Corbyn’s rivals have been asked whether he could serve in their shadow cabinet. The question now is whether they would serve in his. Shadow cabinet ministers told me that almost all current members would resign rather than join Corbyn’s team. MPs privately predict that he will be ousted “before Christmas” if he wins.


Eaton concludes:

Senior figures hope the matter will not arise. The poll could be the moment when Labour members conclude that the dangers of voting Corbyn are too great. Yet it could equally galvanise even more into signing up to guarantee his victory.

Wherever Corbyn finishes, the left of the party will be stronger than at any point since his election in 1983. To many, it feels as if Labour has regressed several decades in the space of a few weeks. The journey back to reality, they fear, will take much longer.



Peter Wilby on Her Majesty’s Nazi salute, the left’s gut feelings and Corbyn’s Foot problem.

Helen Lewis: If you describe Corbyn as “principled”, then so is Liz Kendall.

Barbara Speed on why business needs misfits.

Tom Gatti: How to survive rock’n’roll excess, the BBC under fire, and Cameron’s festival guest slot.

Suzanne Moore: When I worked at Marxism Today, my desire to earn a living proved to be somewhat déclassé.

Andrew Harrison meets science fiction author Michael Moorcock.

Photo: Getty Images
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I'm far from convinced by Cameron's plans for Syria

The Prime Minister has a plan for when the bombs drop. But what about after?

In the House of Commons today, the Prime Minister set out a powerful case for Britain to join air strikes against Isil in Syria.  Isil, he argued, poses a direct threat to Britain and its people, and Britain should not be in the business of “outsourcing our security to our allies”. And while he conceded that further airstrikes alone would not be sufficient to beat Isil, he made the case for an “Isil first” strategy – attacking Isil now, while continuing to do what we can diplomatically to help secure a lasting settlement for Syria in which Assad (eventually) plays no part.

I agreed with much of David Cameron’s analysis. And no-one should doubt either the murderous barbarism of Isil in the region, or the barbarism they foment and inspire in others across the world.  But at the end of his lengthy Q&A session with MPs, I remained unconvinced that UK involvement in airstrikes in Syria was the right option. Because the case for action has to be a case for action that has a chance of succeeding.  And David Cameron’s case contained neither a plan for winning the war, nor a plan for winning the peace.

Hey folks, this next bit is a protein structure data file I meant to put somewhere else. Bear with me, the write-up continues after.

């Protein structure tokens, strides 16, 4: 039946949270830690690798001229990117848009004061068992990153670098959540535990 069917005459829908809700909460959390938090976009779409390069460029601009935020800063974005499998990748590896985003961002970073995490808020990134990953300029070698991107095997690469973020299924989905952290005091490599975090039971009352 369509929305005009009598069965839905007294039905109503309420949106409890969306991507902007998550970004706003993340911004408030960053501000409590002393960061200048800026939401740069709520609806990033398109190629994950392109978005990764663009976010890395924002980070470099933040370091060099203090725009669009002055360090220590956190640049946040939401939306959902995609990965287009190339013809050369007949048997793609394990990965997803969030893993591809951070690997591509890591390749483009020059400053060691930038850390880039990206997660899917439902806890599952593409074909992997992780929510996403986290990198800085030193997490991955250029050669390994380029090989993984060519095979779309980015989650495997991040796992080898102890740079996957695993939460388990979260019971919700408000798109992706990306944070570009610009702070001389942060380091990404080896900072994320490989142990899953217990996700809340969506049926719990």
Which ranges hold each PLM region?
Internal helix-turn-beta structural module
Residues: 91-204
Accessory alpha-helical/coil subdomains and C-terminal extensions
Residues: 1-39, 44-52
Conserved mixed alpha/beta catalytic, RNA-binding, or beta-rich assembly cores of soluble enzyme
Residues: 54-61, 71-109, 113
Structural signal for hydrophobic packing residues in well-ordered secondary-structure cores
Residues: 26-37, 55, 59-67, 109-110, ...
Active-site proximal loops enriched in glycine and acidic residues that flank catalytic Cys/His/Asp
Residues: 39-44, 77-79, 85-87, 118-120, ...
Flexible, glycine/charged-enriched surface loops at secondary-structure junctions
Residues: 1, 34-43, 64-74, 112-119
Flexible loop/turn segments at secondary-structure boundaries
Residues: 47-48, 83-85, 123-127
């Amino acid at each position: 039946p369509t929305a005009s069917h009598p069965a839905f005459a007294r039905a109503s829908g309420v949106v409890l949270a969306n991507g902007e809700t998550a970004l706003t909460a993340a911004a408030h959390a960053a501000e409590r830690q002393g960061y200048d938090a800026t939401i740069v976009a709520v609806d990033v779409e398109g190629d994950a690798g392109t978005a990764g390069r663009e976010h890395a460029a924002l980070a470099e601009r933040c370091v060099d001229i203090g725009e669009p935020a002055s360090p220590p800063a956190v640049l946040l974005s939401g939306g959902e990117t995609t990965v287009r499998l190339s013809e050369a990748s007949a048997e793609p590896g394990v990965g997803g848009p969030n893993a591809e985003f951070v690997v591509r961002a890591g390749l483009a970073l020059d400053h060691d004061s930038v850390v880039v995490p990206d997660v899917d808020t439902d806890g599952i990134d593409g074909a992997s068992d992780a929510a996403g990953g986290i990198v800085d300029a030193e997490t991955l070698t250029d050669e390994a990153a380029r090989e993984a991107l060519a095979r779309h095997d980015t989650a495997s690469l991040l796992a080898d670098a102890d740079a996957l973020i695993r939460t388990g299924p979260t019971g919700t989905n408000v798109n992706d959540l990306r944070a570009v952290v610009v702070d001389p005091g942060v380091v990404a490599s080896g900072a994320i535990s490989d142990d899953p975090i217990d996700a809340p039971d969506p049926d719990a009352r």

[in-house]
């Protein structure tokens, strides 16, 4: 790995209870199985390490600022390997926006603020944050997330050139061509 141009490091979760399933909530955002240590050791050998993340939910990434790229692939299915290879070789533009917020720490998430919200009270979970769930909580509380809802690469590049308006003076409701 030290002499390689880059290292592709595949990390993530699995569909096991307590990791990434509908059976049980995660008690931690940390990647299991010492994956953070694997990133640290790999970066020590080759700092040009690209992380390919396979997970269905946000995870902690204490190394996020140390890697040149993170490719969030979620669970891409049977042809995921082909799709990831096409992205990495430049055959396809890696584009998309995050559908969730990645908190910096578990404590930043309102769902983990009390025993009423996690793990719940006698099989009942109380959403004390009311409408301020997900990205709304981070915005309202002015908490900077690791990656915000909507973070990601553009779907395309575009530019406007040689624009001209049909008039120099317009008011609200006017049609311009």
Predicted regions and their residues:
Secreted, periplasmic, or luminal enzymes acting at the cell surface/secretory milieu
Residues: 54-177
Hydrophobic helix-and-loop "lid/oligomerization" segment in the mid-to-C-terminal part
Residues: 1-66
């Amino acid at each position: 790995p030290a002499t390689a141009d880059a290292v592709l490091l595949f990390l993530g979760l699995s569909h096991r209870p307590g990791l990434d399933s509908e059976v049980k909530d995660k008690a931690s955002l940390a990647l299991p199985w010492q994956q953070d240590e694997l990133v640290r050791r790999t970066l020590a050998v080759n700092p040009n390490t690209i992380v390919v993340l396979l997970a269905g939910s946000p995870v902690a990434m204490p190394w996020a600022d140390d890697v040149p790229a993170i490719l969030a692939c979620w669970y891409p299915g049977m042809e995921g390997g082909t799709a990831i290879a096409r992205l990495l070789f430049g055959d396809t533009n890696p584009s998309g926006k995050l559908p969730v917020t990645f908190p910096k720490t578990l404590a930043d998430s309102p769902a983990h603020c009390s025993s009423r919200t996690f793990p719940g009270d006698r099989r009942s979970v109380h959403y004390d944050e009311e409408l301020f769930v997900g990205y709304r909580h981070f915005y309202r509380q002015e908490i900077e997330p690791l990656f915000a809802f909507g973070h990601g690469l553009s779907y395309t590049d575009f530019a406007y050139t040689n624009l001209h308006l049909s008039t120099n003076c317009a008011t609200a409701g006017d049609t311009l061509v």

The Prime Minister, along with military experts and analysts across the world, concedes that air strikes alone will not defeat Isil, and that (as in Iraq) ground forces are essential if we want to rid Syria of Isil. But what is the plan to assemble these ground forces so necessary for a successful mission?  David Cameron’s answer today was more a hope than a plan. He referred to “70,000 Syrian opposition fighters - principally the Free Syrian Army (FSA) – with whom we can co-ordinate attacks on Isil”.

But it is an illusion to think that these fighters can provide the ground forces needed to complement aerial bombardment of Isil.  Many commentators have begun to doubt whether the FSA continues to exist as a coherent operational entity over the past few months. Coralling the myriad rebel groups into a disciplined force capable of fighting and occupying Isil territory is a heroic ambition, not a plan. And previous efforts to mobilize the rebels against Isil have been utter failures. Last month the Americans abandoned a $500m programme to train and turn 5,400 rebel fighters into a disciplined force to fight Isil. They succeeded in training just 60 fighters. And there have been incidents of American-trained fighters giving some of their US-provided equipment to the Nusra Front, an affiliate of Al Qaeda.

Why has it proven so hard to co-opt rebel forces in the fight against Isil? Because most of the various rebel groups are fighting a war against Assad, not against Isil.  Syria’s civil war is gruesome and complex, but it is fundamentally a Civil War between Assad’s forces and a variety of opponents of Assad’s regime. It would be a mistake for Britain to base a case for military action against Isil on the hope that thousands of disparate rebel forces can be persuaded to change their enemy – especially when the evidence so far is that they won’t.

This is a plan for military action that, at present, looks highly unlikely to succeed.  But what of the plan for peace? David Cameron today argued for the separation of the immediate task at hand - to strike against Isil in Syria – from the longer-term ambition of achieving a settlement in Syria and removing Assad.  But for Isil to be beaten, the two cannot be separated. Because it is only by making progress in developing a credible and internationally-backed plan for a post-Assad Syria that we will persuade Syrian Sunnis that fighting Isil will not end up helping Assad win the Civil War.  If we want not only to rely on rebel Sunnis to provide ground troops against Isil, but also provide stable governance in Isil-occupied areas when the bombing stops, progress on a settlement to Syria’s Civil War is more not less urgent.  Without it, the reluctance of Syrian Sunnis to think that our fight is their fight will undermine the chances of military efforts to beat Isil and bring basic order to the regions they control. 

This points us towards doubling down on the progress that has already been made in Vienna: working with the USA, France, Syria’s neighbours and the Gulf states, as well as Russia and Iran. We need not just a combined approach to ending the conflict, but the prospect of a post-war Syria that offers a place for those whose cooperation we seek to defeat Isil. No doubt this will strike some as insufficient in the face of the horrors perpetrated by Isil. But I fear that if we want not just to take action against Isil but to defeat them and prevent their return, it offers a better chance of succeeding than David Cameron’s proposal today. 

Stewart Wood is a former Shadow Cabinet minister and adviser to Ed Miliband. He tweets as @StewartWood.